Nepal | August 04, 2020

Worldwide coronavirus cases cross 13.40 million, death toll over 578,000

Reuters
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At least 13,409,341 people have been reported to be infected by the novel coronavirus globally and 578,228 people have died, a Reuters tally showed.

Infections have been reported in more than 210 countries and territories since the first cases were identified in China in December 2019.

The World Health Organization referred to the outbreak as a pandemic on March 11, 2020.

DEATHS AND INFECTIONS

At least 3,449,710 cases of the highly contagious novel coronavirus have been reported in the United States and its territories while at least 136,367 people have died, according to a Reuters tally of state and local government sources as of July 15, 2020, 01:14 PM. The US diagnosed its first COVID-19 case in Washington state on January 20.

Likewise, Brazil follows the US with a total of 3,449,710 coronavirus cases with 74,133 death, according to Reuters’ interactive graphic tracking the global spread.

Likewise, India has the third-highest 936,181 coronavirus cases while 24,309 people have died.

Meanwhile, Alabama, Florida and North Carolina in the United States reported record daily increases in deaths from COVID-19 on Tuesday, while the Federal Reserve said the US economy would recover more slowly than expected.


ASIA-PACIFIC

— Tokyo is considering raising its alert for coronavirus infections to the highest of four levels, officials said, after a spike in cases to record numbers in the Japanese capital.

— New Zealand must prepare for new outbreaks as the pandemic spreads globally but will not drop its elimination strategy if community transmission was discovered, Prime Minister Jacinda Ardern said. — Australian states tightened restrictions on movement as authorities struggle to contain a fresh outbreak in the country’s southeast.


EUROPE

— France will make it compulsory for people to wear masks in shops and other enclosed public spaces from next month.

— Spain’s populous Catalonia region made a fresh attempt to put an area of 160,000 people under lockdown to stem the latest local coronavirus surge.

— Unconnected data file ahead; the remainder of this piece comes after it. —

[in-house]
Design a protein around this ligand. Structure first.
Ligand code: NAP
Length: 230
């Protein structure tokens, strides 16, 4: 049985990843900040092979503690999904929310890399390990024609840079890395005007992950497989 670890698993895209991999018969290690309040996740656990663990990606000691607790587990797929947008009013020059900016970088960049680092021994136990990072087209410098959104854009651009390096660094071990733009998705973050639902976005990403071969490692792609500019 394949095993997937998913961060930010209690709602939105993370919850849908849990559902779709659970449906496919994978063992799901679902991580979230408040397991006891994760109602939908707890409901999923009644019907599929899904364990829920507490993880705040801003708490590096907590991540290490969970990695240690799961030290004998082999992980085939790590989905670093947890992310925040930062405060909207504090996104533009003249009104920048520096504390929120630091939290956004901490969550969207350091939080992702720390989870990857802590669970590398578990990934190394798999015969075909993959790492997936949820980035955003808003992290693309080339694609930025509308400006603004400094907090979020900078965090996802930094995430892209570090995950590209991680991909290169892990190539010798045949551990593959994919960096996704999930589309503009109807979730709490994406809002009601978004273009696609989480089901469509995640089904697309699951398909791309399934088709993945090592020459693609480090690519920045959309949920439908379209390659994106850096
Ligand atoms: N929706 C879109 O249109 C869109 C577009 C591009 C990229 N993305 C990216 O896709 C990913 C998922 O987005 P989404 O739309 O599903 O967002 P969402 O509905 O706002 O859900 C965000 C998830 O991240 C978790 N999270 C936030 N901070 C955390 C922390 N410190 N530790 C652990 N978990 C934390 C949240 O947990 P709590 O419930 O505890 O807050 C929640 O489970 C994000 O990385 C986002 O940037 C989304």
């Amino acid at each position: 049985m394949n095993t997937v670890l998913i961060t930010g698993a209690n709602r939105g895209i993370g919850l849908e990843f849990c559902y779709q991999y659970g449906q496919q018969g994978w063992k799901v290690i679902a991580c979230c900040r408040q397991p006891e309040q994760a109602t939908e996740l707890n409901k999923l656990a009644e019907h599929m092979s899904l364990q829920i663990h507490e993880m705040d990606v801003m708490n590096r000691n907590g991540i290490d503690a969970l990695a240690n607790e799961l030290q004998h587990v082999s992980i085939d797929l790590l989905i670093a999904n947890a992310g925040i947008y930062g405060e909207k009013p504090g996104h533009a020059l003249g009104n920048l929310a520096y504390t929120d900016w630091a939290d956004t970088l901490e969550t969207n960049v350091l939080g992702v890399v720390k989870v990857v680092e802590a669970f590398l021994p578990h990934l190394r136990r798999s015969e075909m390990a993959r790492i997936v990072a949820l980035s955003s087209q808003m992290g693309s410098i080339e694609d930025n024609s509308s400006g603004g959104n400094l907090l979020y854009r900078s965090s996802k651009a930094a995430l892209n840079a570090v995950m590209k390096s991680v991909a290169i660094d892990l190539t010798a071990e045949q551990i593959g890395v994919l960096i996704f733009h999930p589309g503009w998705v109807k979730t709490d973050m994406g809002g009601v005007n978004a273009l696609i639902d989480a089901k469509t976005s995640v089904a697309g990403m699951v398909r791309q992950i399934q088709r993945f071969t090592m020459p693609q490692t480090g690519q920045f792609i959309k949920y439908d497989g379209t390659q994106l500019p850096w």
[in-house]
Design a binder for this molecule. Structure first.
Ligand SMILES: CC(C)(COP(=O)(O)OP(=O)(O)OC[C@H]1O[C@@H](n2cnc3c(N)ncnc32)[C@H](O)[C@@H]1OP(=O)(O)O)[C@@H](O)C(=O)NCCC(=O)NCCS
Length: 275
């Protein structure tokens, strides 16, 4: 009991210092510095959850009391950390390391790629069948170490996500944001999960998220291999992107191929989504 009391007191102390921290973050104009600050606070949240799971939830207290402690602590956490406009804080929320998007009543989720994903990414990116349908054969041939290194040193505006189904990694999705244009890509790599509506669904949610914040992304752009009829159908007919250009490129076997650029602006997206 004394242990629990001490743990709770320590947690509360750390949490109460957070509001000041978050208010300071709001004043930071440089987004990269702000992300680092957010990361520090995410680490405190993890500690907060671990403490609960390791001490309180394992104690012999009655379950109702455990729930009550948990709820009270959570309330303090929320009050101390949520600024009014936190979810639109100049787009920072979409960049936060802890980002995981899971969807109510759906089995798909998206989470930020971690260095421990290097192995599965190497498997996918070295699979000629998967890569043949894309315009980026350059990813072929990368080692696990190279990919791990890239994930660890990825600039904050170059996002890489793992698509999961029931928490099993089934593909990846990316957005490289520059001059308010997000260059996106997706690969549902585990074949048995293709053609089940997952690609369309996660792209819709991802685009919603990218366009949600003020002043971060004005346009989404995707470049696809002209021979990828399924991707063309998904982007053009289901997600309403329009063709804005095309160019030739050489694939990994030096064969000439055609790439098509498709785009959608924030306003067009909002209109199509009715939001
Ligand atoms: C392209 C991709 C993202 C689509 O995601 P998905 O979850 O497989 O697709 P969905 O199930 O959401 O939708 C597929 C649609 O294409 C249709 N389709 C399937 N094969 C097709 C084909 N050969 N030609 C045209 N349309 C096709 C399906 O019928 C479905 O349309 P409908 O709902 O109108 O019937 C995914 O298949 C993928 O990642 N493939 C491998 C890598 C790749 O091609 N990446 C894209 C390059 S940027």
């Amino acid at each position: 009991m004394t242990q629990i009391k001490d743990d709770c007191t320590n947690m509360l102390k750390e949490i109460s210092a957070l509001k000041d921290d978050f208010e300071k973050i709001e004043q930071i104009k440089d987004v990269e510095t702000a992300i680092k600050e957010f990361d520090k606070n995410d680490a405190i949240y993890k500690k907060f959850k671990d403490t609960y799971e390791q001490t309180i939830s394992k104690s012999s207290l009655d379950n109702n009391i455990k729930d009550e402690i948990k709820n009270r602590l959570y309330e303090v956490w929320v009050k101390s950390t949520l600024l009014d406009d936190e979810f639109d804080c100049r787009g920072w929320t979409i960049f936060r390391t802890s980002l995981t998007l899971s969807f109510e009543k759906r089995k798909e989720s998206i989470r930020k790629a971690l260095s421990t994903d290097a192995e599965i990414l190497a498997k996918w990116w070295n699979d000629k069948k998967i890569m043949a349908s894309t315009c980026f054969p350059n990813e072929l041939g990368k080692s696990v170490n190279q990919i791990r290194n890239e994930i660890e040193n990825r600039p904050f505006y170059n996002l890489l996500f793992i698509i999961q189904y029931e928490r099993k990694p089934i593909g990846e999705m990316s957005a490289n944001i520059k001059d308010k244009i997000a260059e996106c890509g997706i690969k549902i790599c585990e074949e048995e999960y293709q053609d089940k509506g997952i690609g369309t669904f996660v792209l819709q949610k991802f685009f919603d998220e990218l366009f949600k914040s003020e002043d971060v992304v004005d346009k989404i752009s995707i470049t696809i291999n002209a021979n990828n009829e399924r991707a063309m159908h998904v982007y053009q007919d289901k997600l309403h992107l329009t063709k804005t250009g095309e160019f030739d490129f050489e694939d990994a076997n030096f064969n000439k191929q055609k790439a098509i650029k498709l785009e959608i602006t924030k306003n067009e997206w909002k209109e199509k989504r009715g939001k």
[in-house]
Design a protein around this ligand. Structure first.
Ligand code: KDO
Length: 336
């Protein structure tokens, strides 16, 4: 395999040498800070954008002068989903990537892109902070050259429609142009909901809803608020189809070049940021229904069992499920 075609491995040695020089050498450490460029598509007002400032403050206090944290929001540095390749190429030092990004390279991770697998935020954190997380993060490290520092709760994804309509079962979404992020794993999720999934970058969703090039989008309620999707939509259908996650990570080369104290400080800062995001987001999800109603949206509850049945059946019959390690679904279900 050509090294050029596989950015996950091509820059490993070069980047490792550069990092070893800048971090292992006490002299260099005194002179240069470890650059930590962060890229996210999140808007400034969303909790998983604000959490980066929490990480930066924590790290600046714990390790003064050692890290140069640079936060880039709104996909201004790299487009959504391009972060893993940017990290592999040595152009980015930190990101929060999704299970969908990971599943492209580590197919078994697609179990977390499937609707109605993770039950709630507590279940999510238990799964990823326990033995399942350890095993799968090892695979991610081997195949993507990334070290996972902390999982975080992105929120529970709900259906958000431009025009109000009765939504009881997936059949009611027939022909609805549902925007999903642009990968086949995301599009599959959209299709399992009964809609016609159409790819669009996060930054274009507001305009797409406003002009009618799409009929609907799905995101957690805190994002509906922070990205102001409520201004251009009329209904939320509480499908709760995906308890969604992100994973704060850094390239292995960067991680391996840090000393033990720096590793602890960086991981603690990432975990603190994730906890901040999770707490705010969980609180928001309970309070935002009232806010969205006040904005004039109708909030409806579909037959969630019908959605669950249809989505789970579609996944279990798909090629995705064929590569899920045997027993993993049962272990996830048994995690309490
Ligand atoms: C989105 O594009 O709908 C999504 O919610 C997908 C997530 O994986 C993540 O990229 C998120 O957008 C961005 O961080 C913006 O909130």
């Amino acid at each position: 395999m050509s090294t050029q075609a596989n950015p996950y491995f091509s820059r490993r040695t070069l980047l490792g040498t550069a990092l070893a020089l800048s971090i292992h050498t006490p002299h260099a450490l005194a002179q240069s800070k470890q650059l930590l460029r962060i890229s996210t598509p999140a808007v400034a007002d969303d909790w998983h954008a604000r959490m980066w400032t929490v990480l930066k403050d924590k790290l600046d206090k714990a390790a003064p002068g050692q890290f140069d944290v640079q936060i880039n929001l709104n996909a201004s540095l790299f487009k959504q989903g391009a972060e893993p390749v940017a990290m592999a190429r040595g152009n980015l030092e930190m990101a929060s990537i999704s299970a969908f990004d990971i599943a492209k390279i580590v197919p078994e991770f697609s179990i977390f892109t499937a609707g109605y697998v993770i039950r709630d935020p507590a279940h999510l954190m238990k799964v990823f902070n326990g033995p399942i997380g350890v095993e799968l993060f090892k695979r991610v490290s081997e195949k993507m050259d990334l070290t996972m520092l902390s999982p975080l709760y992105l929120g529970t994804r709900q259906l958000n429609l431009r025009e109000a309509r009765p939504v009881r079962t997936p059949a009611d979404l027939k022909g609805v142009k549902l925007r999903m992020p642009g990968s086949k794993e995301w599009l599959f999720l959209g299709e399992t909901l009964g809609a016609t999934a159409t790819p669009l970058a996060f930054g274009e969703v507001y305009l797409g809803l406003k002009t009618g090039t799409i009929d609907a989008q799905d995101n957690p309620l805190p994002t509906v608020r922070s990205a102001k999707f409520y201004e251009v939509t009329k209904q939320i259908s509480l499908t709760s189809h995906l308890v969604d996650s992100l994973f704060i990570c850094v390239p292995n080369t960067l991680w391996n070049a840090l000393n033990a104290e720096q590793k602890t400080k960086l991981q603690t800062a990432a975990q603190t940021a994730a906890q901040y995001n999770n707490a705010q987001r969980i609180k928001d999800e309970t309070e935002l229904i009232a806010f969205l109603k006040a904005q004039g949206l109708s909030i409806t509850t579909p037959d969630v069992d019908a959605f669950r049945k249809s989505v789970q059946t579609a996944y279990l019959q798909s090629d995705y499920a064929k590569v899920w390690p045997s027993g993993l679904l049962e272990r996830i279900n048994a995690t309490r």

AMERICAS

— US President Donald Trump lambasted California’s two largest school districts for making students learn from home for the upcoming term in the face of the resurgent pandemic.

— Canada said it would make it easier for foreign students to study online from abroad and to qualify for a work permit after graduation amid strict border closures.

— Mexico proposed to the US an extension to a ban on non-essential travel by land over their shared border for another 30 days.

MIDDLE EAST AND AFRICA

— Egypt has started offering reusable cotton face masks at around 50 cents each alongside the food items provided in its state subsidy programme.

— Afghanistan faces “catastrophe” as growing COVID-19 cases stretch a health infrastructure already severely weakened by decades of war, the Afghan Red Crescent Society said.


MEDICAL DEVELOPMENTS

— Moderna Inc’s experimental COVID-19 vaccine showed it was safe and provoked immune responses in all 45 healthy volunteers in an ongoing early-stage study.

— Indian pharmaceutical company Zydus said it had started human studies for its potential COVID-19 vaccine, as infections continue to surge in the world’s third worst-hit nation.

— Life sciences company IQVIA Holdings Inc said it would collaborate with AstraZeneca Plc to speed up clinical studies of the British drugmaker’s potential COVID-19 vaccine in the US

ECONOMIC FALLOUT

— Three of the largest US banks set aside a whopping $28 billion for loan losses, in a stark reminder that much of the economic pain from the pandemic is still to come.

— Japanese manufacturers remained close to the most pessimistic they have been in 11 years in July as the outbreak hits global demand and deals a punishing blow to the export-reliant economy, the Reuters tankan survey showed.

— Britain’s economy stumbled out of its coronavirus-induced slump in May, dashing hopes of a swift rebound as government budget forecasters said it was on course for its worst year since pre-industrial times.

— Economic activity in Brazil began to grow again in monthly terms in May, after two sharp consecutive declines in March and April.

 


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